Targeting individual ransomware strains is confusing and even unhelpful in tackling this threat vector, according to a joint report from UK’s National Cyber Security Centre (NCSC) and National Crime Agency (NCA).
Threat actors are too quick to reassemble and rebrand after being taken down for a focus on tackling on specific ransomware strains to be affective, the agencies suggested.
The Whitepaper, which examined how the tactics of organized criminal groups (OCGs) have evolved since 2017, said that the deployment of ransomware attacks relies on a complex supply chain, supported by a variety of services and encompassing a range of different cyber-criminals who conduct or facilitate the malicious activity.
Instead of homing in on individual ransomware strains, the NCSC and NCA advocated a more holistic approach that targets the threat actors further upstream, in addition to playing ‘whack-a-mole’ with the ransomware groups.
NCA Director General of Threats, James Babbage, stated: “The proliferation of capable cybercrime tools and services, and subsequent lowering of the barrier of entry, means that ransomware, especially ransomware-as-a-service, will continue to be a significant threat to UK individuals, businesses and organizations.
“The NCA is focused on combating this threat by targeting the highest harm cyber actors and undermining the cyber-criminal ecosystem that enables their offending.”
The report added that “traditional criminal justice outcomes” are difficult to achieve against cyber threat actors “based in uncooperative regions.”
Therefore, governments and law enforcement must engage in wider range of disruptive approaches, including collaborating internationally to pursue criminals when opportunities arise and using cyber sanctions to hit the business models of individual threat actors.
Ransomware Group Evolution
The NCSC and NCA said that ransomware remains the most “acute” cyber threat to most UK organizations, with gangs continuously adapting their tactics to maximize profits.
The Whitepaper observed that prior to 2017, ransomware primarily focussed on encrypting single devices in large organizations. However, as businesses got better at preparing for and responding to these attacks, ransomware gangs have refined their models.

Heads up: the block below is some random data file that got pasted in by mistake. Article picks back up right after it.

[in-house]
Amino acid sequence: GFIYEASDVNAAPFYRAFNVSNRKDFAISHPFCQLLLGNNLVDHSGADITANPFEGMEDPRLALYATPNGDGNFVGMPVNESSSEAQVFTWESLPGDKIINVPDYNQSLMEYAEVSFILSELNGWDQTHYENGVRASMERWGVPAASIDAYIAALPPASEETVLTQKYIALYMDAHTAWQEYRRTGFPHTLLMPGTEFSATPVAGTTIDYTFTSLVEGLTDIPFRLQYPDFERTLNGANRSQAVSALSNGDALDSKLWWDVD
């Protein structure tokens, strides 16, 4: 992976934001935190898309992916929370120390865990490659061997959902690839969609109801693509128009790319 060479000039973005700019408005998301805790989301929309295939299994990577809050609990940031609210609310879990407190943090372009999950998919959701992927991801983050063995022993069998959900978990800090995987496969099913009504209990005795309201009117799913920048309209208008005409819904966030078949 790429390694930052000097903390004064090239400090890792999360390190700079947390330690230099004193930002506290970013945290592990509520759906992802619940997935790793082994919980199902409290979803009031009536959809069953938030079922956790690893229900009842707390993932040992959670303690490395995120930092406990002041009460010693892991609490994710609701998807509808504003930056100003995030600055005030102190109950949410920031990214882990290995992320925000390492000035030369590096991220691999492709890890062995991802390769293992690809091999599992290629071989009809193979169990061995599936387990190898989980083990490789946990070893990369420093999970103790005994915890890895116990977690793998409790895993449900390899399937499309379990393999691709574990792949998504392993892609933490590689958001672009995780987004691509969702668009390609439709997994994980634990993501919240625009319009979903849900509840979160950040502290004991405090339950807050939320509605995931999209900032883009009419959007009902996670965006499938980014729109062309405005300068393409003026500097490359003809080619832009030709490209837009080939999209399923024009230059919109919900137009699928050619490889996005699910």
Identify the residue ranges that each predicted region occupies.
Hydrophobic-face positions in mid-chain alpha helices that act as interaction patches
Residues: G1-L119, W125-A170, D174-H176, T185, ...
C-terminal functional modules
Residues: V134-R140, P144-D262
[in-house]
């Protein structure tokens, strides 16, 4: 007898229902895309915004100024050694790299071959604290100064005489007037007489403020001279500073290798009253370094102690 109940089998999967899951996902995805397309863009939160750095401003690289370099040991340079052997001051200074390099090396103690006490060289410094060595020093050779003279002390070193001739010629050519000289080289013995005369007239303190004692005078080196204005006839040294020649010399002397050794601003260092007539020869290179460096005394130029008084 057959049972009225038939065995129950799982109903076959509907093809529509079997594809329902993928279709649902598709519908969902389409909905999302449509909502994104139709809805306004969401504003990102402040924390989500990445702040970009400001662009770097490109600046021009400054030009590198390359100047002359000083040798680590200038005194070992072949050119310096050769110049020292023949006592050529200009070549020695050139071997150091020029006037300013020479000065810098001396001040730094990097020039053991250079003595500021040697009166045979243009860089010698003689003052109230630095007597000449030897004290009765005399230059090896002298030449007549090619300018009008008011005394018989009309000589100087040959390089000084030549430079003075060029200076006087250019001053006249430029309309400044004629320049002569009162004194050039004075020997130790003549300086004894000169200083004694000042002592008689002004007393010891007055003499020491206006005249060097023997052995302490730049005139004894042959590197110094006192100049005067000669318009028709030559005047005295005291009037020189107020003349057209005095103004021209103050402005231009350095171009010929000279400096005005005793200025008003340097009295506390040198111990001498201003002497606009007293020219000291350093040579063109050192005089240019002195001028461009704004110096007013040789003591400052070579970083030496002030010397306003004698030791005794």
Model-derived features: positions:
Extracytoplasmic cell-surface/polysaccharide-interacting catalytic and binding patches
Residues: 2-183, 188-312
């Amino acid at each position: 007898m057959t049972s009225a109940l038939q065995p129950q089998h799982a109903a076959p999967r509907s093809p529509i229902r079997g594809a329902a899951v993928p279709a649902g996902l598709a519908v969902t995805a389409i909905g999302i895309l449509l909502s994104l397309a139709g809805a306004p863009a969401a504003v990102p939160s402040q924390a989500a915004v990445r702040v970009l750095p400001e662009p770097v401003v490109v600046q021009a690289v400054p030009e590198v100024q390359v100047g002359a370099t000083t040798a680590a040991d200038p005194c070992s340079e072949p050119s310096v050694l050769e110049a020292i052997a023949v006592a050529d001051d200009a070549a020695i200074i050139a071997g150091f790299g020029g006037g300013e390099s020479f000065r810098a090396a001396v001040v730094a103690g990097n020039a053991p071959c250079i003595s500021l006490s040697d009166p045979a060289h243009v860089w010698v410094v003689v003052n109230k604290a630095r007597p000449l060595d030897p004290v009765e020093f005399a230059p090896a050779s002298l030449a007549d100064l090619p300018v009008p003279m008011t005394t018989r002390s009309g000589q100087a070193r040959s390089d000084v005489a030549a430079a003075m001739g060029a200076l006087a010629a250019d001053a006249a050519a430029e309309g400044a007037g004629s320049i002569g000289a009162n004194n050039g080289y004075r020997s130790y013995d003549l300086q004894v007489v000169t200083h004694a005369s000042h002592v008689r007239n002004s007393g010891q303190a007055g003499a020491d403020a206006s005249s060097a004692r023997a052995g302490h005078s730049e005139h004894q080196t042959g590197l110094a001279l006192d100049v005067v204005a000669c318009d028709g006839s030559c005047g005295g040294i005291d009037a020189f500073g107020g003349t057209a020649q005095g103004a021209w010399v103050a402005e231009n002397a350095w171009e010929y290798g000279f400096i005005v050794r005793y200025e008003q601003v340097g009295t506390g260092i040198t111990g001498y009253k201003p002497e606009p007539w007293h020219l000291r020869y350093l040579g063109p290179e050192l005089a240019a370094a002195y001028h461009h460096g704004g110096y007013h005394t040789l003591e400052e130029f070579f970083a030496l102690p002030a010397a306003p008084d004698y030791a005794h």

A major development has been the shift to the ransomware-as-a-service model, enabling criminals with limited technical skills to launch attacks by using pre-developed ransomware tools. This marketplace has been facilitated by the growing availability and legitimate trade of cryptocurrency.
The NCSC and NCA also emphasized how OCGs are operating much like legitimate businesses, with offices, salaries, holiday and sick pay, and other benefits. These groups have traditionally carried out the most serious cyber-attacks.
The agencies said the major threat to the UK emanates from the Russian-speaking cyber-criminal community, which have benefited from the larger OCGs helping shape the forums where these services are traded.
The majority of cyber-criminals act opportunistically, either through buying accesses that they deem likely profitable, or by scanning for a vulnerability in a product likely used in enterprise networks. This is opposed to targeting a particular organization or business sector, as there is usually far less return on investment for criminals to specifically target a single entity.
As a result, the vast majority of ransomware incidents are a result of large-scale access gathering that is filtered later to identify those most likely to be suitable for ransomware.